If the history mankind has shown us one thing, it is that seemingly all-powerful empires will fall eventually. Their power depends on many psychological factors. Among them, the disunity of the people they rule over. Once those manage to ally, the sated, tardy and overly bureaucratic empire suddenly isn't so invincible anymore.
The funny thing about conventions of gaming is that in such a set-up, it would be universally assumed to take over the role of the “rebel” faction. Which makes sense, because giving a player the initiative promises a lot of potential reward. The reverse role of defending may not be so rewarding. If you start at your height of power, things can only take a downturn.
Dominus is one of the very few games which forces this basically thankless job on its player. “Winning”, in this game, equals not losing too much. How can this possibly be made in a fun way? If you think about it, there is actually quite a nice strategical challenge behind. Interestingly, the tactics you need to defend are not the same as you would typically employ in games which put you in the attacker role.
In practical terms, the game shows the threatened realm on a nice map divided into sectors. The different factions send their raiding parties to get themselves some of the wealth. First, they will only attack the outskirts, which are predominantly used for agriculture. This “outmost ring”, logically, is quite large and defending it completely may just not be possible with the limited military resources available. Next, villages may be attacked. If those fall, stronger fortifications may become targets as well. Defensive ring by ring, the enemies advance until they will finally enter the huge fortress where you can make a final stand if necessary.
Now, it doesn't need to come to this, of course, because the player is not defenseless. An army of monsters is at his disposal. Four generals are available to command them. Though it is, of course, not nearly sufficient to counter all the raids. The sheer number of invaders is too large. Also, the monster soldiers are not exactly the most efficient ones.
So the game becomes a balancing act between short-term actions (“stop this specific raid”) and long-term strategy (improve the defensive capabilities). For example, the player can build and deploy traps and use magic to weaken the enemy armies, but ingredients/material for those needs to be collected first. So how many soldiers should we send for those duties vs. sending them straight into a fight? Keeping in mind that if certain sectors are lost, access to some natural resources may be cut off permanently in the future, weakening you globally once again.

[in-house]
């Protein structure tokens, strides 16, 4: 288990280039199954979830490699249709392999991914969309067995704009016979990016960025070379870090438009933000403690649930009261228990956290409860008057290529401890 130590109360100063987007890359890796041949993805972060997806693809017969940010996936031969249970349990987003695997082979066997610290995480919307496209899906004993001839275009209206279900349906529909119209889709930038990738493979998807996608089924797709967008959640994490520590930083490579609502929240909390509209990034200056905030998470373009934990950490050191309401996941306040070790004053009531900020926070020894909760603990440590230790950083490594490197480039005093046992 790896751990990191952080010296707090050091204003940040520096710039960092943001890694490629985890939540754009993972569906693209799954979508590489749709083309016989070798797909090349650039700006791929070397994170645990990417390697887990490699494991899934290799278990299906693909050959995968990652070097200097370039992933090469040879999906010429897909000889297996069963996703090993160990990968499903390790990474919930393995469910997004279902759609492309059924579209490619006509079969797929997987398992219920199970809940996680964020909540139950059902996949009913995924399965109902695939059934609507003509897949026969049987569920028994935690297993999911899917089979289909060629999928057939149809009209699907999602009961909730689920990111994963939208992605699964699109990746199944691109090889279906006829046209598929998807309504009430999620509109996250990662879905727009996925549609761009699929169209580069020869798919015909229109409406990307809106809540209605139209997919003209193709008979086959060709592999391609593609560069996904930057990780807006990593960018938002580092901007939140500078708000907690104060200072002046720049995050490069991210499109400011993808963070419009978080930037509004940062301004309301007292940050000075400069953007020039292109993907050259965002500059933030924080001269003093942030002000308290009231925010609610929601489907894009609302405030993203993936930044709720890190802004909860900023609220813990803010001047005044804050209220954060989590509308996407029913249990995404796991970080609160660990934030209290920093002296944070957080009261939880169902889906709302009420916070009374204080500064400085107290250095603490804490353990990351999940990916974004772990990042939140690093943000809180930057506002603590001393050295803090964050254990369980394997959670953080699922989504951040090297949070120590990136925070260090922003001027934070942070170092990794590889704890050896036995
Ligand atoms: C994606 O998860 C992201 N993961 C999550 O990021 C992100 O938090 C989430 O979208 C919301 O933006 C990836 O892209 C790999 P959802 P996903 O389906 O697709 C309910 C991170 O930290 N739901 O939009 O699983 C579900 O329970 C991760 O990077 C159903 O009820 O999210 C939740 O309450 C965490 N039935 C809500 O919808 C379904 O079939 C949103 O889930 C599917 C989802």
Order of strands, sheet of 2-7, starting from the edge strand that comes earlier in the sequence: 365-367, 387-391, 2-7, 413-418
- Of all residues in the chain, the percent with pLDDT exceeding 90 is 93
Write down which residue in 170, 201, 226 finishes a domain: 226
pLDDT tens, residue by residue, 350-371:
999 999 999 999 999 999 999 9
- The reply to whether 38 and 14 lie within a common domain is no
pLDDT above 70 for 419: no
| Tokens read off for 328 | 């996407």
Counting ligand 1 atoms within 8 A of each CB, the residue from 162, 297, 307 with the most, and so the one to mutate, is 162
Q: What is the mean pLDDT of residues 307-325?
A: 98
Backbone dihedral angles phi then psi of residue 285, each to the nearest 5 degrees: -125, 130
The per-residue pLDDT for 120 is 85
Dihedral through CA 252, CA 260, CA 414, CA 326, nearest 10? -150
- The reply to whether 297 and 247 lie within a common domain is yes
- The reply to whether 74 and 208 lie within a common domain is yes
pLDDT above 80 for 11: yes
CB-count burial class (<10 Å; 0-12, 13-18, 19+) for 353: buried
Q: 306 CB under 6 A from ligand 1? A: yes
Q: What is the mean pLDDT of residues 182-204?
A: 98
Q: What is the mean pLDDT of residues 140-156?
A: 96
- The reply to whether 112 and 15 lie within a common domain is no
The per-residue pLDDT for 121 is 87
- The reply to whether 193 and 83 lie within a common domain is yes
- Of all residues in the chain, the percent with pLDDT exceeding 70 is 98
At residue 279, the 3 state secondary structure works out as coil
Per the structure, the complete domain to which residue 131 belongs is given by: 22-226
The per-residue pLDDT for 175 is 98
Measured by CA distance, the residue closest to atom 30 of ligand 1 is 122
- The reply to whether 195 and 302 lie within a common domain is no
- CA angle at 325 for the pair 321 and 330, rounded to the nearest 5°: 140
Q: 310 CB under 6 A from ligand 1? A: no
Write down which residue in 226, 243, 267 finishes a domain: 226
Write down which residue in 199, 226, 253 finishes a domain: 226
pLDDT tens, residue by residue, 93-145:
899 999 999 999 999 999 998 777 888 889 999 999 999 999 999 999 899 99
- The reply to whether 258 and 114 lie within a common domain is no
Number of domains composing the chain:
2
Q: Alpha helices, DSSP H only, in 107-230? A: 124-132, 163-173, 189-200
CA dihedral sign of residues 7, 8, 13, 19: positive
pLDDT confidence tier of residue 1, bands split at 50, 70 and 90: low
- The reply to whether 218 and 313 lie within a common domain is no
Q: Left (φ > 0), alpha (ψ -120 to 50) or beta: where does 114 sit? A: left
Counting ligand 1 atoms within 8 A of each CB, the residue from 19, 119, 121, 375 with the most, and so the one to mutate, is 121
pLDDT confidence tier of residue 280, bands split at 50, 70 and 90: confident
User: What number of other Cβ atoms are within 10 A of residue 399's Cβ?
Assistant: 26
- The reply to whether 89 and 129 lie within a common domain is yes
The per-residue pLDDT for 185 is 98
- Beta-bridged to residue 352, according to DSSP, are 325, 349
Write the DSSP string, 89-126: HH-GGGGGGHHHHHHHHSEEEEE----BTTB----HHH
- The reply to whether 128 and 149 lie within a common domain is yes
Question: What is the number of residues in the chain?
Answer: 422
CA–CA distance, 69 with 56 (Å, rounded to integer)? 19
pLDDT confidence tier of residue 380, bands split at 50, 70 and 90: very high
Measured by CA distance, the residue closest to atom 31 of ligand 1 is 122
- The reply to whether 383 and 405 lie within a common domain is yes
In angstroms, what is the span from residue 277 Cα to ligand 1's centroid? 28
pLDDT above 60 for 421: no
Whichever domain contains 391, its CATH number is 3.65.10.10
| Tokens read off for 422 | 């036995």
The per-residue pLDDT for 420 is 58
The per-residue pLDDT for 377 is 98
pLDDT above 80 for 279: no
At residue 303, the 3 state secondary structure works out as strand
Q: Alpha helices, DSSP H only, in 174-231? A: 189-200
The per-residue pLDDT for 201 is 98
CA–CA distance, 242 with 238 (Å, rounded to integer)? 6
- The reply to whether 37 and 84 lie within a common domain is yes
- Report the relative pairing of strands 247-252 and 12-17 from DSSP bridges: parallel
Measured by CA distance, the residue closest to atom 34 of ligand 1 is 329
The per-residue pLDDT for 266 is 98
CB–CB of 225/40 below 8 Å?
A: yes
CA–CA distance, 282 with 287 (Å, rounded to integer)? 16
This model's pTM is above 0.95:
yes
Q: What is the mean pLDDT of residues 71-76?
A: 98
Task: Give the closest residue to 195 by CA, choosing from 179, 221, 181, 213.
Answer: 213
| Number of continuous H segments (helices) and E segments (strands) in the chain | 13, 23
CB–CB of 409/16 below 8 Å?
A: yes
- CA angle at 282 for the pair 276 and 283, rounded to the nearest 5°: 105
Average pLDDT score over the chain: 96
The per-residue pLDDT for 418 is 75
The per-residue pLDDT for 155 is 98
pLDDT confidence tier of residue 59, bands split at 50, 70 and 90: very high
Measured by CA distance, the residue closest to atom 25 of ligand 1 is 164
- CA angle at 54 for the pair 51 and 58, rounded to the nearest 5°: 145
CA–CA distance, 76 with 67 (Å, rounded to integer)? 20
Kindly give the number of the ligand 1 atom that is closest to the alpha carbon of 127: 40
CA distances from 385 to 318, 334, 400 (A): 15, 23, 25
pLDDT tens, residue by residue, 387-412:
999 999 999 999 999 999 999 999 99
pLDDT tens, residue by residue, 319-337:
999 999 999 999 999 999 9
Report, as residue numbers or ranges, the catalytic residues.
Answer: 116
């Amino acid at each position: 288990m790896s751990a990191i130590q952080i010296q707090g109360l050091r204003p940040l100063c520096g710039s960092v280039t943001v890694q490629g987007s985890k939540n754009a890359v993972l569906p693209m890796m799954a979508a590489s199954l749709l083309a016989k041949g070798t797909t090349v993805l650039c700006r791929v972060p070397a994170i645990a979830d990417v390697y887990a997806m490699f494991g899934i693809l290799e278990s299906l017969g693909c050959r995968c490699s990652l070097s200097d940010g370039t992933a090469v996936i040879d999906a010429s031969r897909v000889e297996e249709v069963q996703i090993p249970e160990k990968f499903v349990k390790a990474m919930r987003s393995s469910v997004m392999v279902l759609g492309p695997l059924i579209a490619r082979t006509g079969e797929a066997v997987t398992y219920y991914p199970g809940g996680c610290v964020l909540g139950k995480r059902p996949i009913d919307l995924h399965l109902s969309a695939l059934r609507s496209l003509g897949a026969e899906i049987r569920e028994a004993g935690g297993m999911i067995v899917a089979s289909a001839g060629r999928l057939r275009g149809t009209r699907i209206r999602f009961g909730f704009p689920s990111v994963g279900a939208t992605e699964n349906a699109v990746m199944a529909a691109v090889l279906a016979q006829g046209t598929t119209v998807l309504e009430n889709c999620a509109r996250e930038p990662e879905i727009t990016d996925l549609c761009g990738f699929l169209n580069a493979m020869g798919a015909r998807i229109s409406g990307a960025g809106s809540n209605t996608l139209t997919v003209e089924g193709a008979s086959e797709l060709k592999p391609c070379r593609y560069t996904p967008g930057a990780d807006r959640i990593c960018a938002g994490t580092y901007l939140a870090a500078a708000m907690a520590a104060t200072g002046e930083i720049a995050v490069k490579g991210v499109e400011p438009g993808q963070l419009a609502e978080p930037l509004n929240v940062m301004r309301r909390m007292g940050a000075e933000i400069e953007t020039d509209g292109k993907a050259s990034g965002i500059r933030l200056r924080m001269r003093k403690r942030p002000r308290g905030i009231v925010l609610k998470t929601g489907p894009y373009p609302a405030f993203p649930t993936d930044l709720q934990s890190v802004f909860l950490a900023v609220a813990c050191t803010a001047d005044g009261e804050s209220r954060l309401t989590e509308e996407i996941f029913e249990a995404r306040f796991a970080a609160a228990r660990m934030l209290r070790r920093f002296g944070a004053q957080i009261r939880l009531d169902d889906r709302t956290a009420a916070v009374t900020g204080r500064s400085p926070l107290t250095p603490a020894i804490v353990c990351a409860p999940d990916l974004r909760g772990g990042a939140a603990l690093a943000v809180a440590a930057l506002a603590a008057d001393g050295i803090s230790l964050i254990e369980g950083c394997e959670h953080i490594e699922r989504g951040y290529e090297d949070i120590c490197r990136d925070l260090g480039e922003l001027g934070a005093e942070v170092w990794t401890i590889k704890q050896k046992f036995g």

Another pretty neat feature concerns a sort of crude genetic engineering of the soldiers themselves. Available monsters can be magically crossbred to create new mutants which may combine the strength of several ones, while slowly eliminating the respective weaknesses from the gene pool.
Though in the end, none of this will suffice if the enemies remain united. This is where the last big gameplay feature comes in: instead of killing invaders, you can try to capture and interrogate them. Depending on the strategy applied, you may get more or less new information about their own war strategy, their goals, their relation with other tribes… all of which can be used against the enemies subsequently. For example, if you learn a specific tribe is afraid of a certain monster type, you can increase the efficiency of your defenses dramatically by deploying the right creatures in the right places. Or you can even try to sow some seeds of mistrust within the shaky alliance of your enemies…
Battles are fought mostly automatically. The player can decide to deploy creatures by himself, but they will then act autonomously. Magic spells offer a direct way of influencing the outcome. The other, more desperate way is to have the player's avatar fly in on his magical chariot himself. This sprite can then indeed be controlled directly and it is a pretty strong character; though if he dies, it's game over immediately. Indeed, this strong automation is necessary, as the game takes place in real time and unless you've already been pushed back into your citadel, you wouldn't even be able to command every battle personally even if you wanted.
So overall, Dominus does a very good job of making the unusual strategic role worth playing. The hectic gameplay causes quite some positive stress in the early game. Though of course, it is not without its limitations.
For example, the cross-breeding feature could have been taken much further. It does not work “recursively”: newly created mutants cannot be further developed by combining them with others in a next step. With ten basic monster types and up to six “input” slots, there is a good number of new creatures to be created already, but it's nowhere near “endless”. And if the number is already limited, why couldn't those possible ones at least have had an individual sprite each?
Another point is the repetitiveness of the interrogation mini game. The prisoners show little personality, so once you have figured out the right way through the “conversation maze” which got you the most out of a member of this specific tribe, you can basically apply it again and again – but you still have to perform it manually every time, which finally turns into a somewhat tedious routine chore.
Other than that, however, there is little to fault Dominus with. The fresh concept alone is enough to cut it some slack as far as some minor deficiencies in execution go. If you have any interest in how the computer would feel playing against you in other games, this one is a great recommendation! (Well, if a computer could feel…)
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